An Irish Welcome

All-nighters are definitely on my Murtagh list.  I’m too old for this stuff.  The last day (a day for us is from when we get up to when we go to bed, not this inconvenient 24 hr setup) has been a blur.  Let’s recap:
01:00 PM – Awaken from a late night (Indi only had 3.5 hrs of sleep)
04:30 PM – Return apartment keys to our landlord in Prague
05:00 PM – Settle in at the Globe Café to read and have dinner
11:30 PM – Catch a cab to the airport (anything after midnight is double rate)
03:45 AM – Flight departs Prague, clocks go back an hour en route to Ireland
05:20 AM – Flight arrives in Ireland
06:00 AM – Catch bus from Dublin airport to the main bus station
When we arrived at the station, we were confused on which way to go to get to our final destination, which wasn’t listed anywhere.  A kind Irish gent came right up and asked where we needed to go.  He was happy to help us pick the right line and talked merrily to us both while we waited.  This interaction would soon become typical for us; Irish folks may be the friendliest on the planet.
07:30 AM – Get on bus to Limerick
11:15 AM – Arrive in Limerick, find out bus to Doolin doesn’t leave till 5:30.
Well, here we were in Limerick, Ireland.  Smallish town, not much going on.  It was a bit warmer than Prague, but a little windier too.  We had a decent lunch (fish ‘n chips!) and looked around the main street.  We had hours to kill, and wanted a place to relax.  We’re in Ireland.  Relax.  Spend hours.  Hmmm….pub?
We wandered into Murphy’s Pub and it was immediately like walking into a movie set.  The bar was lined with older gents drinking various beer and ales, and the booths were scattered and home to lively conversations.  Once we sat down, it wasn’t long before the locals grew too curious of our backpacks and decided to inquire.  We met several people and made instant friends.  One gentleman had traveled some in the past and even had some old black-and-white photographs from Burma he was all too eager to share with us.  Everyone was friendly; it immediately felt like we’d lived there our whole lives.  We were a bit sad to leave, actually.  Though I must say, the Irish accent becomes downright indecipherable at a certain stage of drunkenness.  I could’ve sworn some of those guys where just stringing consonants together randomly.
05:30 PM – Board bus to Doolin
08:00 PM – Arrive in Doolin and walk to the nearby Rainbow Hostel
We walked in on one of the owners, Mattie, was giving a slideshow presentation of some of the photos he’d taken around Ireland to a few guests.  I’m not talking PowerPoint, either, I’m talking REAL slides.  And this guy is a good photographer.  Once he concluded, he showed us to our room and we unpacked.  Though tremendously tired, we needed dinner.  We walked through the rainy night to McGann’s Pub, the only place open in town…but they’d stopped serving food.  We settled for a small drink and meandered back up to the hostel, where we talked about our trip to the other guests for a few minutes, then decided that we were about to collapse and retired.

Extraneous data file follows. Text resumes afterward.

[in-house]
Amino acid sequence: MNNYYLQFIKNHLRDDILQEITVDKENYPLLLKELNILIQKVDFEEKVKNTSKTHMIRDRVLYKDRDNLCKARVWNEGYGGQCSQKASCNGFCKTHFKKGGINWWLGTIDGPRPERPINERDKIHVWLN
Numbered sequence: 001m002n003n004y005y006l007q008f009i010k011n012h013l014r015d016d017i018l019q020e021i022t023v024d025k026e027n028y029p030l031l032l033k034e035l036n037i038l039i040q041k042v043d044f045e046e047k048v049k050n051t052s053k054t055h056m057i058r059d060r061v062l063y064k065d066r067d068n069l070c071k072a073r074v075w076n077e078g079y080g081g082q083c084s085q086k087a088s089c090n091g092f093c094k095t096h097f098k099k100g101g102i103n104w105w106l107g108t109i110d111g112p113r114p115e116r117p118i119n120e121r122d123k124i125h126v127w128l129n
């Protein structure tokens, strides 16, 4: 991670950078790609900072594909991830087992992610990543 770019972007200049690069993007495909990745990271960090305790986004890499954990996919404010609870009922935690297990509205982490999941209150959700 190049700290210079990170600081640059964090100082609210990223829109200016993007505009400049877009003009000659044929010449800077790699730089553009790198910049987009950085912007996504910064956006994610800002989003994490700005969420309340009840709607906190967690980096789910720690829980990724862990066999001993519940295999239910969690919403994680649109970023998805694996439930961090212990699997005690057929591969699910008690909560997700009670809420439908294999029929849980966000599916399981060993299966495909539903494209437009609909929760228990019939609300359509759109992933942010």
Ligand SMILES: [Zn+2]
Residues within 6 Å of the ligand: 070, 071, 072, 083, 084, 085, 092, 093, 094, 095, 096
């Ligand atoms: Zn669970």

11:00 PM – Bed
We were zombies all day.  Neither of us can sleep on airplanes or on buses.  Occasionally we’ll drift off for a few minutes, but it’s that horrible half-asleep state where time passes, but you don’t feel rested.  At all.  But that’s fine, we made it to Ireland and met many nice people.  And the scenery, my goodness.  I’m eager to talk about it, but it’ll have to wait ‘till next post.  But here’s the view outside our window:

About rhysfunk

Rhys Martin was born in Tulsa, Oklahoma in 1981. In 2009, he sold everything he owned and left the country, living out of a backpack for ten months. He discovered a passion for photography while traveling throughout Southeast Asia and Europe. After returning home, he looked at his home town and Oklahoma heritage with fresh eyes. When he began to explore his home state, Rhys turned his attention to historic Route 66. As he became familiar with the iconic highway, he began to truly appreciate Oklahoma’s place along the Mother Road. He has traveled all 2,400 miles of Route 66, from Chicago to Los Angeles. He has also driven many miles on rural Oklahoma highways to explore the fading Main Streets of our small towns. Rhys has a desire to find and share the unique qualities of the Sooner State with the rest of the world. Cloudless Lens Photography has been featured in several publications including This Land, Route 66 Magazine, Nimrod Journal, Inbound Asia Magazine, The Oklahoman, and the Tulsa World. In 2018 he published his first book, Lost Restaurants of Tulsa. Rhys loves to connect with people and share his experiences; ask him about enjoyable day trips from Tulsa, locations along Route 66, and good diners or burger joints along the way.
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